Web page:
Africans feel Chinese investment 'more generous' than West's
The recent spate of Chinese investment in Africa brings with it its fair share of issues - not least amongst them concern for the rate at which Chinese companies are extracting natural resources - but also a number of tangible benefits according to Pascal Agboyibor partner Global Finance of multi-national law firm Orrick.
And these are benefits which investment from traditionally wealthy countries in Europe and the Americas failed to deliver in the past.
The Chinese projects tend to be much larger than European ones, they are generally government backed (so they can afford to spend more money) and such is China's insatiable need for natural resources they are prepared to build the necessary infrastructure to not only extract the materials but also transport them to market.
Agboyibor advises governments, lenders and guarantors on natural resources projects (as well as infrastructure projects) in Africa. He hails from Togo and has worked for organisations promoting the Ohada - the Organisation for the Harmonisation of Business Law in Africa - of which there are now 16 member states.
The purpose of the Ohada is to attempt to provide foreign investors predictability and stability when investing in African countries.
Agboyibor says he is well aware of the issues his native continent suffers when it comes to perceptions of exploitation, corruption and the difficulty in doing business there but says this latest round of investment from China gives him cause for cautious optimism.
The cynical view, he says, is that if it is not a Chinese or an Indonesian or Malaysian company which is extracting minerals from Africa then it would be a French one or a European one.
'For centuries we have done this (trade) with Europeans and our countries have not changed,' he said. 'The difference I can see (is) that when a Chinese company comes and obtains the extraction rights - (people in Africa) have the feeling the Chinese are more generous with them in other aspects. Sometimes they will build a stadium, sometimes for free.'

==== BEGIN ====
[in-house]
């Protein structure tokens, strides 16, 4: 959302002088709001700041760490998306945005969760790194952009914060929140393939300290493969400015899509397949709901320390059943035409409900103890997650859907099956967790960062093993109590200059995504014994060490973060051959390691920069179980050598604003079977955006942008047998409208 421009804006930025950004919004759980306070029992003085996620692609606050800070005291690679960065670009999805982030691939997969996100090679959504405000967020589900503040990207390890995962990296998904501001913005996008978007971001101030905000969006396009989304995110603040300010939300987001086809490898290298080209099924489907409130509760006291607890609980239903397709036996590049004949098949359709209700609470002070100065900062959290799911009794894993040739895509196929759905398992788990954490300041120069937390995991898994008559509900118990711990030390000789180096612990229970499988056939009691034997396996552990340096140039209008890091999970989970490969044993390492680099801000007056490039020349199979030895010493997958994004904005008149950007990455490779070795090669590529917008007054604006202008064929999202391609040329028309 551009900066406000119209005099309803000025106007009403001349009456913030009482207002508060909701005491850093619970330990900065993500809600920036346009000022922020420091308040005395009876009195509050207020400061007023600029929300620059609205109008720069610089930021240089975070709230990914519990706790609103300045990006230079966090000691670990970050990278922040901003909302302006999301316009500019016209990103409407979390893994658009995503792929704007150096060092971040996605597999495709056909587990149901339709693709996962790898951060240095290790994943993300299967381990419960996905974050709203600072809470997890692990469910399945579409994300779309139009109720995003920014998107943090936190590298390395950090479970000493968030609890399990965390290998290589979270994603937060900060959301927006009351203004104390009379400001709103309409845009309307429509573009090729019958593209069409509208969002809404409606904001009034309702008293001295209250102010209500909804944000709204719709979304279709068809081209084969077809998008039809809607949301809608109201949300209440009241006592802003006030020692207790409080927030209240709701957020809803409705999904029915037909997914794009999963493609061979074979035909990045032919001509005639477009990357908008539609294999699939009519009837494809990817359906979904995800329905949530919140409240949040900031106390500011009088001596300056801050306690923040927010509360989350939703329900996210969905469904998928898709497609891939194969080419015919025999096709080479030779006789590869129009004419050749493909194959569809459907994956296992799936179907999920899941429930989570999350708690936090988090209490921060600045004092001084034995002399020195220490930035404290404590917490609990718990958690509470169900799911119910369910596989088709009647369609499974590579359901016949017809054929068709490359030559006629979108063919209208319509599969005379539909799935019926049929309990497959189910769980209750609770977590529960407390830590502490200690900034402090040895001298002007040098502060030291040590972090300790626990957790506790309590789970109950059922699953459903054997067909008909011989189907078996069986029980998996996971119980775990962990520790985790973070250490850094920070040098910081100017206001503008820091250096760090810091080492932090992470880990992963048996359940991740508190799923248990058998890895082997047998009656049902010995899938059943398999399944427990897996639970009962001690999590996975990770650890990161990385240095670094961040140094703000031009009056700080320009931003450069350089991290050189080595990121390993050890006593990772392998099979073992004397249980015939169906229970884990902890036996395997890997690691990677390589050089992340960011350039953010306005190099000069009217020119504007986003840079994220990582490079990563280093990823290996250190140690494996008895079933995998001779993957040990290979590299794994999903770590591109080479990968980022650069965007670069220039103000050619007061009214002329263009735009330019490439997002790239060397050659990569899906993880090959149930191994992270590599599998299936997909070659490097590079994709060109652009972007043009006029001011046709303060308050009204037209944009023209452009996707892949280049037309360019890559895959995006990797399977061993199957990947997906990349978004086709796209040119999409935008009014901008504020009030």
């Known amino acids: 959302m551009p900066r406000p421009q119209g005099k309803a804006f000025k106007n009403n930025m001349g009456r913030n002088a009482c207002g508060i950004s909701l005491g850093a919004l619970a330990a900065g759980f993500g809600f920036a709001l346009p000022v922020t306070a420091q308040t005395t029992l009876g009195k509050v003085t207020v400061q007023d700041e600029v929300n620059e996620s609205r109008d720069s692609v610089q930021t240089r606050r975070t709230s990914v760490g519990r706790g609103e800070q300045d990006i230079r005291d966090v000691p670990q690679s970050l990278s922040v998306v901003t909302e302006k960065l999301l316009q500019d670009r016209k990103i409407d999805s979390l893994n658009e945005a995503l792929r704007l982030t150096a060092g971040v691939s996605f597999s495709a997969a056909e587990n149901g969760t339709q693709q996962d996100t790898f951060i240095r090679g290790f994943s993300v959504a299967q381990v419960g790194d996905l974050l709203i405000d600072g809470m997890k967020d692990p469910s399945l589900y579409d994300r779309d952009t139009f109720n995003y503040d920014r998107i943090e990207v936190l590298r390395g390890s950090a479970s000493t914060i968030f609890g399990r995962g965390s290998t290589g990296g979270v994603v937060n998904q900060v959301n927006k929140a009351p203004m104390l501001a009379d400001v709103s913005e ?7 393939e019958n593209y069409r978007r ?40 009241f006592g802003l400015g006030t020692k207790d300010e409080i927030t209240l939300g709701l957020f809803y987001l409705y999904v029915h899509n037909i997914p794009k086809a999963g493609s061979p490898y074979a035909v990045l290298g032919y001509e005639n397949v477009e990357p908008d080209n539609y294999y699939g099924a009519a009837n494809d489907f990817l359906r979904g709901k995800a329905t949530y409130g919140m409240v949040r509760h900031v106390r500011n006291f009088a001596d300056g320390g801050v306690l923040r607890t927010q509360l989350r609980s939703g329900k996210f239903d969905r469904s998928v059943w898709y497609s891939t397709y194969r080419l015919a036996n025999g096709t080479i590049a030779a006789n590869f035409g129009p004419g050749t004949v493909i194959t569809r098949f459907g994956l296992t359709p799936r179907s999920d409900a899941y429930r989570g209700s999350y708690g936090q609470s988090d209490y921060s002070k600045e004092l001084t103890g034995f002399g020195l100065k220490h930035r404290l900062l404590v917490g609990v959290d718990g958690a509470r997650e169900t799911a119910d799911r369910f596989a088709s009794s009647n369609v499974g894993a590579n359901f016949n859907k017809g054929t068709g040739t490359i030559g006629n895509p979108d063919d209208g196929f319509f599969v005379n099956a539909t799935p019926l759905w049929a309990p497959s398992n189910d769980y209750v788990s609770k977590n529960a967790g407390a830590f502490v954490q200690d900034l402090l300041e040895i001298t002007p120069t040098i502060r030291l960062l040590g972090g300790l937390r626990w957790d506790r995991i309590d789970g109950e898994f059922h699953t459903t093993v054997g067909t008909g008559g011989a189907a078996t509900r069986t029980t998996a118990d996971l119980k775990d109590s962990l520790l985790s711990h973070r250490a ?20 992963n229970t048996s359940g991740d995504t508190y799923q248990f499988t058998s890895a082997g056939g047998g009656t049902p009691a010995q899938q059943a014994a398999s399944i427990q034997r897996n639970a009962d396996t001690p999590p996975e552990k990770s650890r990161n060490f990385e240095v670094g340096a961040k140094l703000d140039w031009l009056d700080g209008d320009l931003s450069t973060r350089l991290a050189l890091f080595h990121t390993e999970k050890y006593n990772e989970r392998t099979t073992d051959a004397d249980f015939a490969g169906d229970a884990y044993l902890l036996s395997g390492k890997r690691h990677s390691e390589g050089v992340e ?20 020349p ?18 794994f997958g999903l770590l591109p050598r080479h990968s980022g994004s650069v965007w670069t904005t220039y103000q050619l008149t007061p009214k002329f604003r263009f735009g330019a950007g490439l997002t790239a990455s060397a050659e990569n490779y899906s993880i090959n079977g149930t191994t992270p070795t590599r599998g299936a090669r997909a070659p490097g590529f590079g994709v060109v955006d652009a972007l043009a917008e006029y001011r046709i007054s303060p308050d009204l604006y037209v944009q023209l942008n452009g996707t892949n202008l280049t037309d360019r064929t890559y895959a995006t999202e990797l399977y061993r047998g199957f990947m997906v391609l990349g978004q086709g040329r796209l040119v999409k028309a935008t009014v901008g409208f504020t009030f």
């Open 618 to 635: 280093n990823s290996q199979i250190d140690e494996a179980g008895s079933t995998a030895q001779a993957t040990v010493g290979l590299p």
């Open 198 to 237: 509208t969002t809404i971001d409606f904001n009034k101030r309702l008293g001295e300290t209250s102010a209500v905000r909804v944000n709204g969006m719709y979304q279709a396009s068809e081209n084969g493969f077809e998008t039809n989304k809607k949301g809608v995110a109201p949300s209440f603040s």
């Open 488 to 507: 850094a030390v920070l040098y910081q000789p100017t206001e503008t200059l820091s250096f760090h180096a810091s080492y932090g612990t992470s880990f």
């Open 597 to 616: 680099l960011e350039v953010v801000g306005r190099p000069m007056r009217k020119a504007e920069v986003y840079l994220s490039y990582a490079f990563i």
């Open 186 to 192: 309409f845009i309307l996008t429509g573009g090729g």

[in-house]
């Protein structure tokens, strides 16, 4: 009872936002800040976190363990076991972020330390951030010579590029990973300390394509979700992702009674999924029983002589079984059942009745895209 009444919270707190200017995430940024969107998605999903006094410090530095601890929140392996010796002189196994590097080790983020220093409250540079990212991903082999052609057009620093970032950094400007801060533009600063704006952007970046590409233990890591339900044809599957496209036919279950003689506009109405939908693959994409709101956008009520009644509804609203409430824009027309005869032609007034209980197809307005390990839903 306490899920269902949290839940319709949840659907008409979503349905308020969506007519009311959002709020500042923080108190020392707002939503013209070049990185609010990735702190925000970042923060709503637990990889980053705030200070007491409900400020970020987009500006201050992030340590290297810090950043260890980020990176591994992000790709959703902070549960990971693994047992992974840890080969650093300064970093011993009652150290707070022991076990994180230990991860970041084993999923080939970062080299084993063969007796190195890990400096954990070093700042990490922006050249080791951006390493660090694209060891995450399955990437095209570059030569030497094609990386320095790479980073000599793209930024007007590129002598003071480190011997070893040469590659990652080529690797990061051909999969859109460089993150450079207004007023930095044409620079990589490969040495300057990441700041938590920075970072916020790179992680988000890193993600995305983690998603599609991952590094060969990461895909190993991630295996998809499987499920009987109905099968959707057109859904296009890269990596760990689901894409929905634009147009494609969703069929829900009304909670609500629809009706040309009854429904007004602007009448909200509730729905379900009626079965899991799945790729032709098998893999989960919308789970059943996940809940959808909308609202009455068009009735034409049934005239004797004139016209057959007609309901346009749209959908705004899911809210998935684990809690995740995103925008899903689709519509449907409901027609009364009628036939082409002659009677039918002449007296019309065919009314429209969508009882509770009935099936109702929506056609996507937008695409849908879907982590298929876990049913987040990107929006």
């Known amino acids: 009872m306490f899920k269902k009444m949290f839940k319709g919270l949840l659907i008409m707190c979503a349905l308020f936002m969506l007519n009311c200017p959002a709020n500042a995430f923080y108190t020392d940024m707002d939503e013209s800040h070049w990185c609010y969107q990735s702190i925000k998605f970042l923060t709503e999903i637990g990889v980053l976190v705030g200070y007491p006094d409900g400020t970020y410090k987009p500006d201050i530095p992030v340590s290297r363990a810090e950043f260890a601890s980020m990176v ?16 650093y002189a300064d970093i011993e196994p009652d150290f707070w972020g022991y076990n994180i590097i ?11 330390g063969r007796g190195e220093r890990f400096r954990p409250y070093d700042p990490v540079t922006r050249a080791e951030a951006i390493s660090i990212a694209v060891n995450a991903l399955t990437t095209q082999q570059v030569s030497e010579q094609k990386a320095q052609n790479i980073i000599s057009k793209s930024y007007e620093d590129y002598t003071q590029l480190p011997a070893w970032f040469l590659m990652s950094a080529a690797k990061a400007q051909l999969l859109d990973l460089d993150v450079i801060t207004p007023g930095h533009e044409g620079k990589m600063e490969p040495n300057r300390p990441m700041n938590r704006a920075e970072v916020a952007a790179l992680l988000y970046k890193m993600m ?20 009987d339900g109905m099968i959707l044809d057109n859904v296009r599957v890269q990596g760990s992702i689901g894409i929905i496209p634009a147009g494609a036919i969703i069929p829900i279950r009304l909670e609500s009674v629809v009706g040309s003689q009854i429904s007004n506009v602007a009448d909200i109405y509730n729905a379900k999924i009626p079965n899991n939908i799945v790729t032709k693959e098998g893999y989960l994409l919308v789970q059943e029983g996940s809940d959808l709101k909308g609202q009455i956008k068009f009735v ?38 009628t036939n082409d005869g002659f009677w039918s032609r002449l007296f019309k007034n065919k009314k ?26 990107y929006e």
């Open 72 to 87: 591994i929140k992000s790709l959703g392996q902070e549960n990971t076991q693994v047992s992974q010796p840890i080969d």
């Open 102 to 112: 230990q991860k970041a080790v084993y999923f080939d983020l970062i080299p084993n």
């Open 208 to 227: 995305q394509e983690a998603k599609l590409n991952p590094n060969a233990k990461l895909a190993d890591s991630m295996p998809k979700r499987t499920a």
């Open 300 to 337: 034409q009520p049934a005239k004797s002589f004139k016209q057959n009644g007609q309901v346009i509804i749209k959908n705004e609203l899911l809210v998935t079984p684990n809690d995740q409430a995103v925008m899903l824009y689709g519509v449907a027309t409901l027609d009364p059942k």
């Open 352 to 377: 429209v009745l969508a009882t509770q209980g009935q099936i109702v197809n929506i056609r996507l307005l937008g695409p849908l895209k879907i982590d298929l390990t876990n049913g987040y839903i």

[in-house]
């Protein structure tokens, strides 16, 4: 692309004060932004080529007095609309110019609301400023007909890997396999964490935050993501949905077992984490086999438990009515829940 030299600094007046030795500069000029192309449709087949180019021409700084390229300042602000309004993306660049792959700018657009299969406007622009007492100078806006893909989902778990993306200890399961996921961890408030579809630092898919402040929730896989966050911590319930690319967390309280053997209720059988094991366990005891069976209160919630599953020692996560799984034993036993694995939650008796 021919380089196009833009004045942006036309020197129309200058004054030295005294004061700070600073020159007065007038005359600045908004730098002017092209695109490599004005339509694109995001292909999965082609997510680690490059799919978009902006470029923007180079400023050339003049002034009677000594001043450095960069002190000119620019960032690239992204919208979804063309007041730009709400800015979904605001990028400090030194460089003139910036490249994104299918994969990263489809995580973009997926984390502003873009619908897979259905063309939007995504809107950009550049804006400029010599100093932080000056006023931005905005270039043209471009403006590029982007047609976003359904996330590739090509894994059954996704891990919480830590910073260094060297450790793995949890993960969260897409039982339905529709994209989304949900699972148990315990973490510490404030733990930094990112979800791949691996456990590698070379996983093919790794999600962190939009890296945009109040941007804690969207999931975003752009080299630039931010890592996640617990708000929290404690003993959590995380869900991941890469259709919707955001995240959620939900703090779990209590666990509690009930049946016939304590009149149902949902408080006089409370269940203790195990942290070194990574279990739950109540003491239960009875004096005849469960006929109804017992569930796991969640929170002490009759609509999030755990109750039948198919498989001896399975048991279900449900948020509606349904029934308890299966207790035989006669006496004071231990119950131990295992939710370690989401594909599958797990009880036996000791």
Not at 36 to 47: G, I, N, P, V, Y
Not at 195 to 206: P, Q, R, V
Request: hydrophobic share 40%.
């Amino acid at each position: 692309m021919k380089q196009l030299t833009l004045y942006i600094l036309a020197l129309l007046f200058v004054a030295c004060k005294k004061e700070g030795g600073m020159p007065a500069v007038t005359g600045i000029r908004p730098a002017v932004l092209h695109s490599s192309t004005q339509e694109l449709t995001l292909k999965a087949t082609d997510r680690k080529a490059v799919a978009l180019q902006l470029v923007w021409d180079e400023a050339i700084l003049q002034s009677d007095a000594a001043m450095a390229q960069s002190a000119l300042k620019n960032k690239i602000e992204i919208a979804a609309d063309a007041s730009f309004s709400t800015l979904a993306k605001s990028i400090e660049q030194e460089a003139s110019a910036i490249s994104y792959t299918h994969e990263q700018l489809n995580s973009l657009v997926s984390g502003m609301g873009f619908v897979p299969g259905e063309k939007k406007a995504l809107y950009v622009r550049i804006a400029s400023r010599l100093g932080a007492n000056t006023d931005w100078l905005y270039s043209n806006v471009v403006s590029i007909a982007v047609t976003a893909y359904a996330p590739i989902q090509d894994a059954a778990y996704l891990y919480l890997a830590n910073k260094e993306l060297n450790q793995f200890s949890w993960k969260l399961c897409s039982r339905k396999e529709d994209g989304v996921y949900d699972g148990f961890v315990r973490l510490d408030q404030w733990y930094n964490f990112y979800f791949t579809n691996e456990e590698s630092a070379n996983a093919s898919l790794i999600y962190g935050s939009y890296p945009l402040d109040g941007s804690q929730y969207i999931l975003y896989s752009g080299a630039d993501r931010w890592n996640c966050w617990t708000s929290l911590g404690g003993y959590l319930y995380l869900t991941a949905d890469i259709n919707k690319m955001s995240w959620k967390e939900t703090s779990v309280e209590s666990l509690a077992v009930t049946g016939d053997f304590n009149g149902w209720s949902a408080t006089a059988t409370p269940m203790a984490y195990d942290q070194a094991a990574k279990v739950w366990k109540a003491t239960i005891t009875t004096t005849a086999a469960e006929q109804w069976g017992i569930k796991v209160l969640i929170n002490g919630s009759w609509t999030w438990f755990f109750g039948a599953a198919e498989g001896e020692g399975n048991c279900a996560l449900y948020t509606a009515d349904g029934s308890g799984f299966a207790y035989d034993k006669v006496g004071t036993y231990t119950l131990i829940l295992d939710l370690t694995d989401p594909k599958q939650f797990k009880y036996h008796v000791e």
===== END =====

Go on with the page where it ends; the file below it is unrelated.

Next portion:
He says that in his country after a series of storms destroyed a number of bridges a Chinese company which had investments there offered to re-build them. He points out in the past many western companies which operated there didn't offer anything like that.
'China needs the resources,' he says. 'You can see the difference - in a poor country like Guinea - in the past when you had an investment of $US50 million - it was a great project. Now you have trillions of US dollars (being invested in Africa). They are mega projects - a single project - $US4 billion. And I can guarantee you if you investigate - behind them there will be a Chinese company.'
Part of the reason for the shift is that while Africa is a resource rich continent it has a serious lack of infrastructure. This has meant it could cost billions of dollars to create transport infrastructure to shift resources from the point of extraction to a sea port to be shipped to the country where they will be used in industrial production.
'The traditional investors were not prepared to invest so much money - they had private investors, stockholders behind, who were expecting short-term earnings.
'We are at the beginning of the process - this is a trend I have been seeing for five years. You have to see whether the investment will be made as announced - because sometimes they are not.
'But as a citizen I have a choice to be optimistic and to be candid - this trend is so new that I don't want to be pessimistic. Let's see what happens in 10 years.'
He says the main challenge to this growth is the legal framework and formalities which are thrown into particular contrast when people come from countries which are well organised.
'One thing francophone Africa has (is) they have organised their business law. 16 African countries have decided to create an international organisation that is in charge of organising their laws.
'What people need beyond that improved legal framework is process. You can have the best codes and the best laws but if the people who are expected to enforce them are not doing their job then you still have an inefficiency.'